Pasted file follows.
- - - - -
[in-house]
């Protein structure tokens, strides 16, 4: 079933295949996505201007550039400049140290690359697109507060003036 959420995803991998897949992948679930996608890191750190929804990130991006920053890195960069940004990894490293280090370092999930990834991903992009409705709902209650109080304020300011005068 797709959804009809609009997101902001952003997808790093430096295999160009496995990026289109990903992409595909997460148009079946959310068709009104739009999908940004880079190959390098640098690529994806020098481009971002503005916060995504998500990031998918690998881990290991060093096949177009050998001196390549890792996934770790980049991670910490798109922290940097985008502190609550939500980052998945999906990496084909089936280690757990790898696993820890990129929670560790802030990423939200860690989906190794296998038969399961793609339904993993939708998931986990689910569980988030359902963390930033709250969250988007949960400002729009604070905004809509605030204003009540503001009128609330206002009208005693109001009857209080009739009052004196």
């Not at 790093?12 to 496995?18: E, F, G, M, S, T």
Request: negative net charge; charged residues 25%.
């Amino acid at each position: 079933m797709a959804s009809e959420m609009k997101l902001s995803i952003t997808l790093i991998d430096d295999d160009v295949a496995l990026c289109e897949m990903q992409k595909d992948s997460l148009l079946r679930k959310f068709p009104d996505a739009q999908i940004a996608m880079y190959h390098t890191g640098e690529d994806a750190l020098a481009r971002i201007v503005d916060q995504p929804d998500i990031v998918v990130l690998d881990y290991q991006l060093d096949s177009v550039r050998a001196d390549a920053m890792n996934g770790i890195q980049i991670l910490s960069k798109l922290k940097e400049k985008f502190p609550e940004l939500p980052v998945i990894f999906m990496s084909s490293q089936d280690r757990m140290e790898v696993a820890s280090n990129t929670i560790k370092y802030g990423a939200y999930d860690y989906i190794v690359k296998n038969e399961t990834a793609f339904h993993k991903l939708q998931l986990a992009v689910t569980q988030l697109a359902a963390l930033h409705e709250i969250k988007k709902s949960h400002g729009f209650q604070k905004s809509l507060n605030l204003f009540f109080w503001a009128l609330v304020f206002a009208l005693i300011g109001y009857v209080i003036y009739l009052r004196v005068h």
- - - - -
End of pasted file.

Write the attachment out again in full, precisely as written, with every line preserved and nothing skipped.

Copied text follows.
[in-house]
């Protein structure tokens, strides 16, 4: 079933295949996505201007550039400049140290690359697109507060003036 959420995803991998897949992948679930996608890191750190929804990130991006920053890195960069940004990894490293280090370092999930990834991903992009409705709902209650109080304020300011005068 797709959804009809609009997101902001952003997808790093430096295999160009496995990026289109990903992409595909997460148009079946959310068709009104739009999908940004880079190959390098640098690529994806020098481009971002503005916060995504998500990031998918690998881990290991060093096949177009050998001196390549890792996934770790980049991670910490798109922290940097985008502190609550939500980052998945999906990496084909089936280690757990790898696993820890990129929670560790802030990423939200860690989906190794296998038969399961793609339904993993939708998931986990689910569980988030359902963390930033709250969250988007949960400002729009604070905004809509605030204003009540503001009128609330206002009208005693109001009857209080009739009052004196």
């Not at 790093?12 to 496995?18: E, F, G, M, S, T």
Request: negative net charge; charged residues 25%.
């Amino acid at each position: 079933m797709a959804s009809e959420m609009k997101l902001s995803i952003t997808l790093i991998d430096d295999d160009v295949a496995l990026c289109e897949m990903q992409k595909d992948s997460l148009l079946r679930k959310f068709p009104d996505a739009q999908i940004a996608m880079y190959h390098t890191g640098e690529d994806a750190l020098a481009r971002i201007v503005d916060q995504p929804d998500i990031v998918v990130l690998d881990y290991q991006l060093d096949s177009v550039r050998a001196d390549a920053m890792n996934g770790i890195q980049i991670l910490s960069k798109l922290k940097e400049k985008f502190p609550e940004l939500p980052v998945i990894f999906m990496s084909s490293q089936d280690r757990m140290e790898v696993a820890s280090n990129t929670i560790k370092y802030g990423a939200y999930d860690y989906i190794v690359k296998n038969e399961t990834a793609f339904h993993k991903l939708q998931l986990a992009v689910t569980q988030l697109a359902a963390l930033h409705e709250i969250k988007k709902s949960h400002g729009f209650q604070k905004s809509l507060n605030l204003f009540f109080w503001a009128l609330v304020f206002a009208l005693i300011g109001y009857v209080i003036y009739l009052r004196v005068h």